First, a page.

This morning I turned on the Today show only to learn than the former Russian spy who was paid to come to America and have sex with powerful men, Anna Chapman, has received her own Russian television show (on non-Putin-controlled RenTV) devoted to supernatural mysteries, including (of course) extraterrestrials and ancient civilizations. According to media accounts, the show launched in 2011, so I am not sure why she’s granting media interviews to promote it now. Fortunately, the show is in Russian, so I have no idea what it’s saying behind the cheesy special effects.
Not so with a new Australian book that claims that ancient aliens from the Pleiades genetically engineered human beings and… oh, like you haven’t heard all of this before. (In fact, I briefly mentioned it last month.) The four authors of Ancient Aliens in Australia propose the “revolutionary destruction” of Darwinian evolution and the “Out of Africa” model of human distribution. Instead, they propose to make (guess where?) Australia the center of human development, based on oral traditions of the Australian Aborigines: “The Original Australian people claim that not only are they the originators of modern humans on Earth but that they are the children of beings from the stars. [T]he first claim is now shown to be true, so what of the second?” And if wishes were horses then beggars would ride. According to the authors, disputed artifacts (mostly stone tools and bones slightly older than the assumed date of Aboriginal arrival c. 50,000 BCE) and assumed rates of DNA mutation prove a human presence in Australia for between 400,000 and 2 million years, when interpreted in light of what they call “aural” (but mean “oral”) histories.
The authors claim that they found a star gate in Cairo (suspiciously close to where the movie Stargate placed its own portal) and met with an extraterrestrial being, who confirmed for them the history of the civilization of the Pleiades.
Anyhow, whether you accept the book’s premise depends on how much you trust that they have special access to interdimensional aliens.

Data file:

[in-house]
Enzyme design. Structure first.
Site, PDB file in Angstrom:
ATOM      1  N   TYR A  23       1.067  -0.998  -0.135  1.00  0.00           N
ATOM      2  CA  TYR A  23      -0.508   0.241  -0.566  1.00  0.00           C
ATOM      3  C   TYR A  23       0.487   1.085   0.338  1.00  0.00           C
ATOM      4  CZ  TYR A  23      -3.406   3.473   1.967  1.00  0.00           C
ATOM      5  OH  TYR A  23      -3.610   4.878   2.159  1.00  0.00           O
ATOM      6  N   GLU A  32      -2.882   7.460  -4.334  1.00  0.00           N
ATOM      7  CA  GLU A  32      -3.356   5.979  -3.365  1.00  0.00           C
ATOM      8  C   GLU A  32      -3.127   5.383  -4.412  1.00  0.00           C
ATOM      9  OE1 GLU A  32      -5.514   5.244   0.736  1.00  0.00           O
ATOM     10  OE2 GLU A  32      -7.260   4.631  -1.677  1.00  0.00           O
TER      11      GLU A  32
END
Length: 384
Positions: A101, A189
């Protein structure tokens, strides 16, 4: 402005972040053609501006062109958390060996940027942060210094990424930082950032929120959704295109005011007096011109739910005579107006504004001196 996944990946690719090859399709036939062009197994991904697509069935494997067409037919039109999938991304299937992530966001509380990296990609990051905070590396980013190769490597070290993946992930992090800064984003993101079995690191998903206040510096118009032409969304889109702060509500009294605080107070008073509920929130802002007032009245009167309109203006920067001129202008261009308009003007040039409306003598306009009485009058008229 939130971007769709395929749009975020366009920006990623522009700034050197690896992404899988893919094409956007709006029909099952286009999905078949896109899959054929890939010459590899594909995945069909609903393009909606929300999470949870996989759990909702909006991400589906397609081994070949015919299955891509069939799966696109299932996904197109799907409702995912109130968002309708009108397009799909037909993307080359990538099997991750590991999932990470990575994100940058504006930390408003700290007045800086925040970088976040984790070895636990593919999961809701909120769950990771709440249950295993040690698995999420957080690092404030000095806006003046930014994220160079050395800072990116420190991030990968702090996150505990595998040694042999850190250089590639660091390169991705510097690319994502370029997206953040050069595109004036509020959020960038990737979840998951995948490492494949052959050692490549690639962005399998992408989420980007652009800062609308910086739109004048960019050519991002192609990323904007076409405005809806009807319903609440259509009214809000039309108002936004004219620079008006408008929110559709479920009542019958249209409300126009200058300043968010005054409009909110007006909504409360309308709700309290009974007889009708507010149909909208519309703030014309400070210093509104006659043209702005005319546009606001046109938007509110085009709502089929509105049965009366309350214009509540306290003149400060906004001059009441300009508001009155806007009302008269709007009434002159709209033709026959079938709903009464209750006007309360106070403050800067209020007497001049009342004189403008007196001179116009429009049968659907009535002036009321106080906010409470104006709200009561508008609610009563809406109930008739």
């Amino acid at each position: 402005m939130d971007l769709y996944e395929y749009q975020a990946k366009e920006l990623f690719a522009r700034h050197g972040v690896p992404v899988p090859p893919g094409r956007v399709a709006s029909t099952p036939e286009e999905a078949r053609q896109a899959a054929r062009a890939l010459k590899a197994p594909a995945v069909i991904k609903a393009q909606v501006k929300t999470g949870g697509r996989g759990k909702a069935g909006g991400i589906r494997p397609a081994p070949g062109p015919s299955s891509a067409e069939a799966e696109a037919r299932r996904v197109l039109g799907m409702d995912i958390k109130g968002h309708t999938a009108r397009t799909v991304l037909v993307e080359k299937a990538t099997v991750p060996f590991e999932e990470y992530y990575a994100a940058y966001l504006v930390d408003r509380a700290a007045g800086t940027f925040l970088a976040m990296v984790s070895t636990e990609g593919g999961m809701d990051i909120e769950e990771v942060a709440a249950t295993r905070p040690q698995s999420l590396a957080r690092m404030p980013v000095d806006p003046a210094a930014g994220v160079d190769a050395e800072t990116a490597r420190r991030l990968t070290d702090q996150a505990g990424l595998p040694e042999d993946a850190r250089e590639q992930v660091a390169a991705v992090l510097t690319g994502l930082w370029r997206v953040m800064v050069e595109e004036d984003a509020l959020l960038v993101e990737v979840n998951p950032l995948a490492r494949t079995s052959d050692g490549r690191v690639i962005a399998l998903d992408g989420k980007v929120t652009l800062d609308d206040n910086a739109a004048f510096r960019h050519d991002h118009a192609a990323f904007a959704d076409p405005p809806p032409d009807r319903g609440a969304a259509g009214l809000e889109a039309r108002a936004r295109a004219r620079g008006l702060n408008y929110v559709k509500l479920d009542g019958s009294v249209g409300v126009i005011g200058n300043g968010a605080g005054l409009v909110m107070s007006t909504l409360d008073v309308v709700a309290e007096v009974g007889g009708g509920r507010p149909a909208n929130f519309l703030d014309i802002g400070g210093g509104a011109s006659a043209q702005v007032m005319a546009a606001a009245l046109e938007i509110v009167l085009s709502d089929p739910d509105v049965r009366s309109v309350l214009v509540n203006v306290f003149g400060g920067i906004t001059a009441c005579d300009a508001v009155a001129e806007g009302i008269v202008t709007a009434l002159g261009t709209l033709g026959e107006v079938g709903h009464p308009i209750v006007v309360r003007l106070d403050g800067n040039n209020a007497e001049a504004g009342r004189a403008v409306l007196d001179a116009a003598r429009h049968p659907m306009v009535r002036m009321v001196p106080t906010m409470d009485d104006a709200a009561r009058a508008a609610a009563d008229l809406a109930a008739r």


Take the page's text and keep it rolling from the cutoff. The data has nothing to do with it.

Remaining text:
But in promoting the book, one of the authors, Bruce Fenton, who is not the economist and frequent CNBC guest of the same name, so far as I know, made a bizarre claim that I think does a good job of illustrating how alternative writers build castles in the air by piling claim upon claim:
Though the core thesis is of course on the matter of beings from the Pleiades being key players in engineering Homo sapiens sapiens, my own favourite part was my work on the hypothesis that the Pleiadian-human hybrids of Palenque had extremely high levels of endogenous DMT in their blood, hence their blood being considered a sacred offering and a key to other spiritual dimensions of existence. As far as I know such an idea has never before been explored or even contemplated as the explanation for why Mayan Lords (many of whom being such hybrids) were the only ones that had blood considered suitable for rituals.
DMT, or dimethyltryptamine, is a psychedelic compound that can function similarly to a neurotransmitter. It is found naturally in mammalian bodies in trace amounts and more readily in plants, but it can also be synthesized into a hallucinogenic drug. It is the primary chemical agent in ayahuasca, which you will recall is the hallucinogenic drug of choice for Graham Hancock, who uses it to communicate with transdimensional gods. It is also used by South American shamans to gain access to the spirit world. David Lewis-Williams has identified such altered states of consciousness as the origins of religion.
Fenton seems to have decided that such explanations are not good enough; instead, his own life experiences can now be attributed to alien blood, a personal connection to the aliens who are substitute gods. Indeed, Fenton describes Ancient Aliens in Australia as dealing with mind-blowing “metaphysical” and “cosmic” truths, again reinforcing the relationship between ancient alien beliefs and a desire to create a physical basis for the divine.
Notice that Fenton chooses Palenque as the site of his alien landing—the same place that Erich von Däniken found his “rocket” carving on Pacal’s coffin lid. This is no coincidence. The idea that the Maya kings were alien hybrids is an old one; Alan Landsburg was the first to suggest it in his Outer Space Connection (1975) movie (narrated by Rod Serling) and its companion book. There, Landsburg proposed that the Maya were a colony of hybrid aliens (though primarily at Uxmal rather than Palenque) and that they misunderstood the idea of cryogenic freezing as a form of immortality and therefore set the date of 2011 (later revised to 2012) as the time that the frozen aliens would thaw out and return.
Fenton and his coauthors have simply adopted old 1970s ideas, added some of Graham Hancock’s drug-fueled “mysteries,” and moved the whole thing to Australia as a new twist on Zecharia Sitchin and his Anunnaki.
Old ideas never die. They just get recycled and resold.
9/30/2013 06:26:40 am